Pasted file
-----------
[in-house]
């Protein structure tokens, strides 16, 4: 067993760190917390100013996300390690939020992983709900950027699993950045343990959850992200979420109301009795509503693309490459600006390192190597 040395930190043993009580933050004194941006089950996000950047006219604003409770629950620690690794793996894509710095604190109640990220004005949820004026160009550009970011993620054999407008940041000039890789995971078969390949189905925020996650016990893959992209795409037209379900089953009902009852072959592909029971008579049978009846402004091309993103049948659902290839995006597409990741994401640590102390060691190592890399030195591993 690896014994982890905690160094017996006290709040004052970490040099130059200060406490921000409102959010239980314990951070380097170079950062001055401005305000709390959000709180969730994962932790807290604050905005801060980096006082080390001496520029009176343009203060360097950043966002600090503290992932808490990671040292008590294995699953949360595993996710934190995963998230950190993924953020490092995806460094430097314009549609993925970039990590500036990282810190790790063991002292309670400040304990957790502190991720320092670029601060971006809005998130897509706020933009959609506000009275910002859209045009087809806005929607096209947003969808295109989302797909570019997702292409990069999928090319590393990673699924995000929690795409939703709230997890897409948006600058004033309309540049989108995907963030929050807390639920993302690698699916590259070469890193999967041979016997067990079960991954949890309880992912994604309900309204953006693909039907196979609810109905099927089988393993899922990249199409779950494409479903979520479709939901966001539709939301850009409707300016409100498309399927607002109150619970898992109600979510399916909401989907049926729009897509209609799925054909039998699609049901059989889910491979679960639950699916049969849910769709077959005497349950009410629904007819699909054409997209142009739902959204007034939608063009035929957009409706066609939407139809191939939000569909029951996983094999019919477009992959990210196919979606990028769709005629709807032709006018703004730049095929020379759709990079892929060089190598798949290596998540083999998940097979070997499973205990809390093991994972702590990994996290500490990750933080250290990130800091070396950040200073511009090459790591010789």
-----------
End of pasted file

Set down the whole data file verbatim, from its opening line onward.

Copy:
[in-house]
């Protein structure tokens, strides 16, 4: 067993760190917390100013996300390690939020992983709900950027699993950045343990959850992200979420109301009795509503693309490459600006390192190597 040395930190043993009580933050004194941006089950996000950047006219604003409770629950620690690794793996894509710095604190109640990220004005949820004026160009550009970011993620054999407008940041000039890789995971078969390949189905925020996650016990893959992209795409037209379900089953009902009852072959592909029971008579049978009846402004091309993103049948659902290839995006597409990741994401640590102390060691190592890399030195591993 690896014994982890905690160094017996006290709040004052970490040099130059200060406490921000409102959010239980314990951070380097170079950062001055401005305000709390959000709180969730994962932790807290604050905005801060980096006082080390001496520029009176343009203060360097950043966002600090503290992932808490990671040292008590294995699953949360595993996710934190995963998230950190993924953020490092995806460094430097314009549609993925970039990590500036990282810190790790063991002292309670400040304990957790502190991720320092670029601060971006809005998130897509706020933009959609506000009275910002859209045009087809806005929607096209947003969808295109989302797909570019997702292409990069999928090319590393990673699924995000929690795409939703709230997890897409948006600058004033309309540049989108995907963030929050807390639920993302690698699916590259070469890193999967041979016997067990079960991954949890309880992912994604309900309204953006693909039907196979609810109905099927089988393993899922990249199409779950494409479903979520479709939901966001539709939301850009409707300016409100498309399927607002109150619970898992109600979510399916909401989907049926729009897509209609799925054909039998699609049901059989889910491979679960639950699916049969849910769709077959005497349950009410629904007819699909054409997209142009739902959204007034939608063009035929957009409706066609939407139809191939939000569909029951996983094999019919477009992959990210196919979606990028769709005629709807032709006018703004730049095929020379759709990079892929060089190598798949290596998540083999998940097979070997499973205990809390093991994972702590990994996290500490990750933080250290990130800091070396950040200073511009090459790591010789």